Thursday, 17 October 2013

Using the HDP Sandbox to Learn Sqoop

Once you have your HDP Sandbox up and running, you can use Sqoop to move data between your Hadoop cluster and your relational database.  Your Hadoop Hive/HCatalog environment uses a MySQL database server for storing metadata, so you can use the built-in MySQL database server to play with Sqoop.  In real life you would not use this specific MySQL database server to play, but I'm going to for this demo.  Credit for this demo goes to Tom Hanlon (a longtime friend and great resource in the Hadoop space).

Be aware, sqoop is not atomic.  After a data load, it is a good practice to do a record count on both sides and make sure they match.

Log into your HDP Sandbox as root to bring up a terminal window (instructions are provided in the Sandbox). The loopback address 127.0.0.1 is a non-routable IP address that refers to the local host.

Demo One:  Move data from a relational database into your Hadoop cluster.  Then use HDFS commands to verity the files reside in your Hadoop cluster on HDFS.
Connect to MySQL using the mysql client, create a database and build a simple table.
# mysql
mysql>   CREATE  DATABASE  sqoopdb;
mysql>   USE  sqoopdb;
mysql>   CREATE  TABLE  mytab (id int not null auto_increment primary key, name varchar(20));
mysql>   INSERT  INTO  mytab  VALUES (null, 'Tom');
mysql>  INSERT  INTO  mytab  VALUES (null, 'George');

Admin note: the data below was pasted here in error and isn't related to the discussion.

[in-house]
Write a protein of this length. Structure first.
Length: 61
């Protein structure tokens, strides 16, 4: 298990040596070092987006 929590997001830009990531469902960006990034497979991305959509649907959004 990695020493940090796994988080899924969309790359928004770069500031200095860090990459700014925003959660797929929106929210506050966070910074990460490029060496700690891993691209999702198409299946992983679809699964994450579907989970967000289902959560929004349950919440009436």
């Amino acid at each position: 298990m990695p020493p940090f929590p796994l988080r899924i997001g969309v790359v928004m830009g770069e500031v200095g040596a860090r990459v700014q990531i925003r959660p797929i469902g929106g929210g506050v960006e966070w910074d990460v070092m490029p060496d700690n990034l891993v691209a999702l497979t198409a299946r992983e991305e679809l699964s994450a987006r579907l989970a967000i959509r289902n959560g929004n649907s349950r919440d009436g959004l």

mysql>   INSERT  INTO  mytab  VALUES (null, 'Barry');
mysql>   INSERT  INTO  mytab  VALUES (null, 'Mark');
mysql>   GRANT  ALL  ON  sqoopdb.* to root@localhost;
mysql>   GRANT  ALL  ON  sqoopdb.* to root@'%';
mysql>  exit;

-- Sqoop command requires permission to access the database as well as HDFS.
# su - hdfs
$ sqoop import --connect jdbc:mysql://127.0.0.1/sqoopdb --username root --direct --table mytab --m 1

$ hadoop fs -lsr mytab
$ hadoop fs -cat mytab/part-m-00000

Demo Two:  Load data from a relational database into Hive.  Then query the data using Hive.
# mysql
mysql>   USE  sqoopdb;
mysql>   CREATE  TABLE newtab (id int not null auto_increment primary key, name varchar(20));
mysql>   INSERT  INTO newtab VALUES (null, 'Tom');
mysql>   INSERT  INTO newtab VALUES (null, 'George');
mysql>  INSERT  INTO newtab VALUES (null, 'Barry');
mysql>   INSERT  INTO newtab VALUES (null, 'Mark');
mysql>   exit;

# su - hdfs
$ sqoop  import   --connect  jdbc:mysql://127.0.0.1/sqoopdb   --username  root   --table  newtab \
 --direct   --m  1 --hive-import

-- Hive has a command line interface for interfacing with the data. Using the hive metadata, hive users
-- can access the data using a SQL interface.  Person running hive command must have read access in
--  HDFS.
$ hive
hive>  show tables;
hive>  SELECT   *   FROM  newtab;
hive>  exit;
$


-- The physical files will be stored in the HDFS directory location defined by the following property in the /etc/hive/conf/hive-site.xml file.
-- 
--   hive.metastore.warehouse.dir
--    /apps/hive/warehouse
-- 

-- Look at the data location in HDFS.
$ hadoop fs -lsr /apps/hive/warehouse/newtab

-- Look at the data contents.
$ hadoop fs -cat /apps/hive/warehouse/newtab/part-m-00000


-- You can use the following help commands along with the documentation to do a lot of examples moving data between your Hadoop cluster and a relational database using Sqoop.
$  sqoop help
$  sqoop help import

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